Thursday, November 01, 2007


Ultimate Fighting star teaches cops new restraint technique

Palm Beach Post Staff Writer

Tuesday, October 09, 2007

Royce Gracie made a name for himself in Ultimate Fighting Championship matches as Octagon, taking down heavier, taller and angrier opponents with unique grappling holds that turn his arms and legs into clamps capable of inflicting serious pain.

Now 40, and 14 years past his first UFC win, Gracie trains police in the moves that brought Brazilian Jiu-Jitsu stature as a way to win a fight with a twist of the wrist, instead of bloodshed.

This week, Gracie is teaching the craft to 40 local law enforcement officers enrolled in a weeklong program sponsored by Palm Beach Community College's Criminal Justice Institute.

PBCC, which gets state dollars through its continuing education program, is paying half of the $600-per-student fee.

"This is a more humane way to win," said Gracie, who was raised in Rio de Janeiro, but now lives in California. "We don't rely on punching someone out."

Instead, Gracie's father and uncle invented leverage techniques that can be used with traditional jiujitsu against much bigger competitors.

In case a physical altercation ends with officers on their backs, Gracie teaches them to defend themselves and prevent the suspect from running away by having them wrap their legs around the suspect, keep their heads to the side to avoid being head-butted and grasp the suspect's upper arms in a way so he can't take a swing.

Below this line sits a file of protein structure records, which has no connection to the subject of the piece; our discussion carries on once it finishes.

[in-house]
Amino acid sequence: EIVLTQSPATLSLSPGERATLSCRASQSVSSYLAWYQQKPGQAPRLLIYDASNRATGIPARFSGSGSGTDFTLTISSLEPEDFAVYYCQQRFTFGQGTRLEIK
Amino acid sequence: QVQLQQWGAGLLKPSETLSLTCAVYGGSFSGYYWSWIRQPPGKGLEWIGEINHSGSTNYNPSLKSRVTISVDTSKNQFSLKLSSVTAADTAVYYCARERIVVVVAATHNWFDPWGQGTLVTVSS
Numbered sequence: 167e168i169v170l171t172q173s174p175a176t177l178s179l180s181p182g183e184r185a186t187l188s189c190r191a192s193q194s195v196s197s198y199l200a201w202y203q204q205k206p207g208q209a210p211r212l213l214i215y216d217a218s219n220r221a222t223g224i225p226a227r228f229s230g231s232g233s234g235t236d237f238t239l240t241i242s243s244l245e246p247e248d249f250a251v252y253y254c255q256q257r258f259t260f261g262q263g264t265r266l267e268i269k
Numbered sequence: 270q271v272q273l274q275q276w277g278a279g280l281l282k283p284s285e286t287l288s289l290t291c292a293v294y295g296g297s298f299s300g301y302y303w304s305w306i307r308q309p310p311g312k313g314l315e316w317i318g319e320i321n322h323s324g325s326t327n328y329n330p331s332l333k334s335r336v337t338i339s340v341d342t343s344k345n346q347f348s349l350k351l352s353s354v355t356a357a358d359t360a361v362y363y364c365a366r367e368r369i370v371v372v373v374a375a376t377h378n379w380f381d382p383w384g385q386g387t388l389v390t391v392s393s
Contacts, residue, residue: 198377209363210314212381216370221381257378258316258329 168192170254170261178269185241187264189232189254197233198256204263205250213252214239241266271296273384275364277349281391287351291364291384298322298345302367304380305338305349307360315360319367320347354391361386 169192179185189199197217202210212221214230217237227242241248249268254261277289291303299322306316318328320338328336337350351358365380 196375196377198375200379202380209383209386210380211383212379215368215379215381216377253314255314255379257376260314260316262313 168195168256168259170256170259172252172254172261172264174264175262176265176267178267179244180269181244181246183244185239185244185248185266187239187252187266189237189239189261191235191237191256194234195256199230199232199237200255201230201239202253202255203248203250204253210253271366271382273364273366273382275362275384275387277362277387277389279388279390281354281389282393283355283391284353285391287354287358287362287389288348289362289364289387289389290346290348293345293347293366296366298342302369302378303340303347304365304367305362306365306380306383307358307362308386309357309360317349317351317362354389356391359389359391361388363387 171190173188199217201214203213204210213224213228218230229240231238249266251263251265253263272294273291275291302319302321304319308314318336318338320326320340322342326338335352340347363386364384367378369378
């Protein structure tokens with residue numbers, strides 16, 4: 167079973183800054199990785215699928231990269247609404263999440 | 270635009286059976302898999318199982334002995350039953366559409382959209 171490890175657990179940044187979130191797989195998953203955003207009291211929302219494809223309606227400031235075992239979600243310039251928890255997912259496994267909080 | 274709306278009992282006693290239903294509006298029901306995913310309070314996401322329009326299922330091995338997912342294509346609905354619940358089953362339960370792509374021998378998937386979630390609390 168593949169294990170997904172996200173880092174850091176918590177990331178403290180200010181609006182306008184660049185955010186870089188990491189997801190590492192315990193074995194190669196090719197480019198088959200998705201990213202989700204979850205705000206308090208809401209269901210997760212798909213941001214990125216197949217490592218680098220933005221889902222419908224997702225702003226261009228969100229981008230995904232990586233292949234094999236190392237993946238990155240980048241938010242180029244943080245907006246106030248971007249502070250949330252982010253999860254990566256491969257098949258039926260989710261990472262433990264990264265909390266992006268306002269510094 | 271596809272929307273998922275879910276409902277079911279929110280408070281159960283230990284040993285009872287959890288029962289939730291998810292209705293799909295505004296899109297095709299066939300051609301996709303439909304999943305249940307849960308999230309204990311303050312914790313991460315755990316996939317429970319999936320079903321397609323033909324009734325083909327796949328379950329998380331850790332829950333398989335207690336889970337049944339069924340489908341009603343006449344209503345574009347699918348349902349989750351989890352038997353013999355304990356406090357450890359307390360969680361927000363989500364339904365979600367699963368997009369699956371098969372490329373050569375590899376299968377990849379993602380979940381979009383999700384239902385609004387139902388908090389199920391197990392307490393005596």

To turn the tables, Gracie thrusts his hips up, throwing the opponent forward and off balance while turning him over into a position where an officer can deal an elbow blow to the suspect's face.

In matches, Gracie has wriggled his way out of seemingly immobilizing positions, using holds that twist and squeeze opponents until they submit.

Gracie's first UFC win in 1993 pitted him in the finals against Gerard Gordeau, who outweighed the 6-foot-1-inch, 180-pound Gracie by 40 pounds. Gracie won the match in less than two minutes with a chokehold.

In 2004, Gracie used a wrist hold to beat the 6-foot-8-inch, 500-pound sumo wrestler Akebono Taro, who, despite having Gracie pinned to the mat for much of the match, tapped out in two minutes and 13 seconds.

"The message is, it doesn't matter who you are up against," said Patrick Kelly, director of PBCC's Criminal Justice Institute. "The techniques officers can use to survive when they're on the ground and overwhelm their opponent are Gracie techniques."

Gracie also concentrates on helping officers keep control of their weapons, which can be easy targets for criminals during a confrontation.

"Royce pays attention to a lot of the details involved," said Sam McCoy, an officer with the Boca Raton Police Department. "Anytime you have to put your hands on someone, this will come into play. You never know when a guy might jump you."

Gracie said he participates in professional matches about once a year, but spends most of his time teaching.

"You don't have to be big. You don't have to be strong. You just have to know the right leverage," Gracie said. "I tell them to avoid going to the ground with someone, but if it does happen, they better know what to do."
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